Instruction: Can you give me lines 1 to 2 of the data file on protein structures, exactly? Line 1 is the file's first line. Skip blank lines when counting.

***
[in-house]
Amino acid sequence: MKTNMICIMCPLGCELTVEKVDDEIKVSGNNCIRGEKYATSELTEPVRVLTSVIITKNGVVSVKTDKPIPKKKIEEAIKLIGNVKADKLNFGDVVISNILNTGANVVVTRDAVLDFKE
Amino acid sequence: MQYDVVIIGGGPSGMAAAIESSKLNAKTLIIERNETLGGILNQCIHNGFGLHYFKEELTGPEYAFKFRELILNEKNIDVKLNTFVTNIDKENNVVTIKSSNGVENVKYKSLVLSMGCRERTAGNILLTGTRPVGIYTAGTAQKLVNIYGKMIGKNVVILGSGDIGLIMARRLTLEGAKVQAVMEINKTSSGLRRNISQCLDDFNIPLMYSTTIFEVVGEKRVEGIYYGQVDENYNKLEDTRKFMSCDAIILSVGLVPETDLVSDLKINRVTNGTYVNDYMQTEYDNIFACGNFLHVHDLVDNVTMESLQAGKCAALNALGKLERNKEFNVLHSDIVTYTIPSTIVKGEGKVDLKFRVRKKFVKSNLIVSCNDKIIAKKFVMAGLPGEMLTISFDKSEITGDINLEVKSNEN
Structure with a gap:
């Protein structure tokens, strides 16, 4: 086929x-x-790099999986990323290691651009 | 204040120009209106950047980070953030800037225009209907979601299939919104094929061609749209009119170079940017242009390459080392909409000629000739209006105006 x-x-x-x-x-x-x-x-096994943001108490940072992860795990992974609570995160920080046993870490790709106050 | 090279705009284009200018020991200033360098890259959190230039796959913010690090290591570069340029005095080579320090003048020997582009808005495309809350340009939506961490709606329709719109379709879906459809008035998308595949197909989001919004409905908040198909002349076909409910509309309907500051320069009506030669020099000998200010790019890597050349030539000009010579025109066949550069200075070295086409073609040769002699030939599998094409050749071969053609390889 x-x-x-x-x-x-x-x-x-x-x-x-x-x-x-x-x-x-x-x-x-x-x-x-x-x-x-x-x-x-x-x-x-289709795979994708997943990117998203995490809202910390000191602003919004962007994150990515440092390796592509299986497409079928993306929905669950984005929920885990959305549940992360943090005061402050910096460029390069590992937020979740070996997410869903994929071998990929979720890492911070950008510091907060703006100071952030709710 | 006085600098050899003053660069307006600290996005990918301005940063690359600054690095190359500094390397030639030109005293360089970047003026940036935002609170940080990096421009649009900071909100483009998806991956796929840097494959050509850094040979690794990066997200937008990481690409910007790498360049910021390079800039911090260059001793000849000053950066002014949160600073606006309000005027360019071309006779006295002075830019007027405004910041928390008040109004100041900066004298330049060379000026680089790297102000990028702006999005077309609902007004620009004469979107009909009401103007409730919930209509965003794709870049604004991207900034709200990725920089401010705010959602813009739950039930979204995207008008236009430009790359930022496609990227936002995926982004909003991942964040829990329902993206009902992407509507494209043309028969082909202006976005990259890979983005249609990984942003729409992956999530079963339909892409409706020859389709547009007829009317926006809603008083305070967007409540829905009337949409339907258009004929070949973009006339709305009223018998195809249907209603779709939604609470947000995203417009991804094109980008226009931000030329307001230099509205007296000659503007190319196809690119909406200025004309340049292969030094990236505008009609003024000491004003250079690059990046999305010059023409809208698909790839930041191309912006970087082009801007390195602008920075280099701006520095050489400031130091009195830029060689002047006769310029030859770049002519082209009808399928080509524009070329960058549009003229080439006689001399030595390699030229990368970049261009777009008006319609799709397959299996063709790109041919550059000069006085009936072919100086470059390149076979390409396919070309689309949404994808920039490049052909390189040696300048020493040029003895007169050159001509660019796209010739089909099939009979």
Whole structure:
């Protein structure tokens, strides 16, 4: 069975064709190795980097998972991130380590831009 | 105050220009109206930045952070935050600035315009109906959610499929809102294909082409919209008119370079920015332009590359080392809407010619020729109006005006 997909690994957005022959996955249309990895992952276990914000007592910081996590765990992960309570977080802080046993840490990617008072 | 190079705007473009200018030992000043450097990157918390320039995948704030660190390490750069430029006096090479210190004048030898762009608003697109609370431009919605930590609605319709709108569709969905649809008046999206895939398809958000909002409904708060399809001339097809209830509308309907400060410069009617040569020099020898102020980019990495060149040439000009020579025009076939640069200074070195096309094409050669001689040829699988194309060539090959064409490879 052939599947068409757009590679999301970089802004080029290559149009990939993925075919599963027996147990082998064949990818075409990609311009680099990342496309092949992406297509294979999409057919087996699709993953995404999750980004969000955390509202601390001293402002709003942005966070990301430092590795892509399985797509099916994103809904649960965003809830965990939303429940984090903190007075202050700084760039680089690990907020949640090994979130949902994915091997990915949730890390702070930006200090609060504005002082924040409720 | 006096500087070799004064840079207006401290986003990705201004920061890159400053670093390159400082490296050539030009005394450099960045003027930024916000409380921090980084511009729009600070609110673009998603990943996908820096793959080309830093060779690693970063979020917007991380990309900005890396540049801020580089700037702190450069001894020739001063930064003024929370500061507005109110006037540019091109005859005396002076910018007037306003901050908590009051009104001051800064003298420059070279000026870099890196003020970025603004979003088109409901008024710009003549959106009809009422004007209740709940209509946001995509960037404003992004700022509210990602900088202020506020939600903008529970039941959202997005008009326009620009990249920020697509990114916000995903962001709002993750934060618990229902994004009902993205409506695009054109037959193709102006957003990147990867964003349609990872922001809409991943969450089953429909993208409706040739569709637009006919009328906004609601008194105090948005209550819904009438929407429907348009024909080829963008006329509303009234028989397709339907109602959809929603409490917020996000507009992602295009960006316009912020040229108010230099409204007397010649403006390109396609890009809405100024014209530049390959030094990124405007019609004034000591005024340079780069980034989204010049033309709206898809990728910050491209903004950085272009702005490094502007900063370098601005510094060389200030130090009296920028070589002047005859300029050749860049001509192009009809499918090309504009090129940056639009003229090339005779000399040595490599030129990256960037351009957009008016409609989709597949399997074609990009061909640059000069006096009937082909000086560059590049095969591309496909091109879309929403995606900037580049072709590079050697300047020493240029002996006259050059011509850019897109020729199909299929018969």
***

[in-house]
Amino acid sequence: MKTNMICIMCPLGCELTVEKVDDEIKVSGNNCIRGEKYATSELTEPVRVLTSVIITKNGVVSVKTDKPIPKKKIEEAIKLIGNVKADKLNFGDVVISNILNTGANVVVTRDAVLDFKE